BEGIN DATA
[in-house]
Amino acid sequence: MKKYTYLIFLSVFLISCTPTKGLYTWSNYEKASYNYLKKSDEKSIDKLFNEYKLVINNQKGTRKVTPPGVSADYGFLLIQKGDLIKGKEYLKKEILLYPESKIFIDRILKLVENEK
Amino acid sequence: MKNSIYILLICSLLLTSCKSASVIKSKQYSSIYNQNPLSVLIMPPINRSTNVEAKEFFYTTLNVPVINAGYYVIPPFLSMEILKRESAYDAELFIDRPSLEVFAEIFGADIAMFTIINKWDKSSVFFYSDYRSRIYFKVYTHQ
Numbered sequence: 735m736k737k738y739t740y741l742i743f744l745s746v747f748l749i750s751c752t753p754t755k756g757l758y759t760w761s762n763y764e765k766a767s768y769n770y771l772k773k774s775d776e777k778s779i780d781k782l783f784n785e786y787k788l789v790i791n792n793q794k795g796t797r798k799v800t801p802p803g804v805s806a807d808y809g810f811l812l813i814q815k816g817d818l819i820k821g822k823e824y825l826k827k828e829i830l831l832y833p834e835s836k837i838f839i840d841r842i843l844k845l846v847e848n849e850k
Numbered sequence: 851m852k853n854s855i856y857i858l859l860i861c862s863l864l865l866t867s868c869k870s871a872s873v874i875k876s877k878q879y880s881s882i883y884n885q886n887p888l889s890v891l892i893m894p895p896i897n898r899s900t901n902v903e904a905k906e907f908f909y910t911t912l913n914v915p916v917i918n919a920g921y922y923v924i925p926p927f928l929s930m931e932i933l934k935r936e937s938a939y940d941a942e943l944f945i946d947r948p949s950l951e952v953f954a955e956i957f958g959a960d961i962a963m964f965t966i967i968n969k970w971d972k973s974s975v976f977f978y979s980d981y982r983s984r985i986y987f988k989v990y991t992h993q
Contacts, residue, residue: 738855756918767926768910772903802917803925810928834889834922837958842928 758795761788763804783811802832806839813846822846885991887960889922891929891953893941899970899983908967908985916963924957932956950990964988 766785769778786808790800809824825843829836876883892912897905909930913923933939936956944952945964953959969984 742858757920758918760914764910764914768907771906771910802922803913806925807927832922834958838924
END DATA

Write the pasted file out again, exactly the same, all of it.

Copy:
[in-house]
Amino acid sequence: MKKYTYLIFLSVFLISCTPTKGLYTWSNYEKASYNYLKKSDEKSIDKLFNEYKLVINNQKGTRKVTPPGVSADYGFLLIQKGDLIKGKEYLKKEILLYPESKIFIDRILKLVENEK
Amino acid sequence: MKNSIYILLICSLLLTSCKSASVIKSKQYSSIYNQNPLSVLIMPPINRSTNVEAKEFFYTTLNVPVINAGYYVIPPFLSMEILKRESAYDAELFIDRPSLEVFAEIFGADIAMFTIINKWDKSSVFFYSDYRSRIYFKVYTHQ
Numbered sequence: 735m736k737k738y739t740y741l742i743f744l745s746v747f748l749i750s751c752t753p754t755k756g757l758y759t760w761s762n763y764e765k766a767s768y769n770y771l772k773k774s775d776e777k778s779i780d781k782l783f784n785e786y787k788l789v790i791n792n793q794k795g796t797r798k799v800t801p802p803g804v805s806a807d808y809g810f811l812l813i814q815k816g817d818l819i820k821g822k823e824y825l826k827k828e829i830l831l832y833p834e835s836k837i838f839i840d841r842i843l844k845l846v847e848n849e850k
Numbered sequence: 851m852k853n854s855i856y857i858l859l860i861c862s863l864l865l866t867s868c869k870s871a872s873v874i875k876s877k878q879y880s881s882i883y884n885q886n887p888l889s890v891l892i893m894p895p896i897n898r899s900t901n902v903e904a905k906e907f908f909y910t911t912l913n914v915p916v917i918n919a920g921y922y923v924i925p926p927f928l929s930m931e932i933l934k935r936e937s938a939y940d941a942e943l944f945i946d947r948p949s950l951e952v953f954a955e956i957f958g959a960d961i962a963m964f965t966i967i968n969k970w971d972k973s974s975v976f977f978y979s980d981y982r983s984r985i986y987f988k989v990y991t992h993q
Contacts, residue, residue: 738855756918767926768910772903802917803925810928834889834922837958842928 758795761788763804783811802832806839813846822846885991887960889922891929891953893941899970899983908967908985916963924957932956950990964988 766785769778786808790800809824825843829836876883892912897905909930913923933939936956944952945964953959969984 742858757920758918760914764910764914768907771906771910802922803913806925807927832922834958838924